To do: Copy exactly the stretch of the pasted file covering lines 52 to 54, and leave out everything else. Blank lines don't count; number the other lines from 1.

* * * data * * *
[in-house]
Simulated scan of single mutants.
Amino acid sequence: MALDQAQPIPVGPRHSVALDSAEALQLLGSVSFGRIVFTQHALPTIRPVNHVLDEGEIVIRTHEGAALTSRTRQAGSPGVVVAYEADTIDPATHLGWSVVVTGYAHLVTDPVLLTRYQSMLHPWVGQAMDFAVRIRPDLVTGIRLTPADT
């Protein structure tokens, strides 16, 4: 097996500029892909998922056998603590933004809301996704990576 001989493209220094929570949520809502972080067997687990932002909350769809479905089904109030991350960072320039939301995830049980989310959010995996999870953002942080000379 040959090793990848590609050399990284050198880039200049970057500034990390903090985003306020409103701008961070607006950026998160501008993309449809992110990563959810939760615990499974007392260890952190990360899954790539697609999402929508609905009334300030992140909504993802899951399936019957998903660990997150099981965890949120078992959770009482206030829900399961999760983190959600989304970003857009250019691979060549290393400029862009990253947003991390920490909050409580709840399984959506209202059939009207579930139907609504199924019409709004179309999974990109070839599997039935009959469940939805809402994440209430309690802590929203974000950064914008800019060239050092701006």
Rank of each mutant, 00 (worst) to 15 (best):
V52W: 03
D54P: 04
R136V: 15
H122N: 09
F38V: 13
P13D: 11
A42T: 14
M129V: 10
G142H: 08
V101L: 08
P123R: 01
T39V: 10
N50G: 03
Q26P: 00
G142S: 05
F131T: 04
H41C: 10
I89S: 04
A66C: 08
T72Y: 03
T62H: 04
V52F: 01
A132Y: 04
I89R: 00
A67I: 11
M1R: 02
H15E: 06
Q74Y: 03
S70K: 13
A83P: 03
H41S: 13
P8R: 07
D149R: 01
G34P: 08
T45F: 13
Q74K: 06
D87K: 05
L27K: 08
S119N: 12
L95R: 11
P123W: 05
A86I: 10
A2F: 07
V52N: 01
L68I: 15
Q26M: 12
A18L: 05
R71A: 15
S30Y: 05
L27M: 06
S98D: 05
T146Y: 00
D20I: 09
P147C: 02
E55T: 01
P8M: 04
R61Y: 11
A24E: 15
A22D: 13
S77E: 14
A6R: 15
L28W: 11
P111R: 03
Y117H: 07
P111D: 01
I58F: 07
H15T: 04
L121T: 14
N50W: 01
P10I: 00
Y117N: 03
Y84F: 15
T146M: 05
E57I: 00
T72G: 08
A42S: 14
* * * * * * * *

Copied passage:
A18L: 05
R71A: 15
S30Y: 05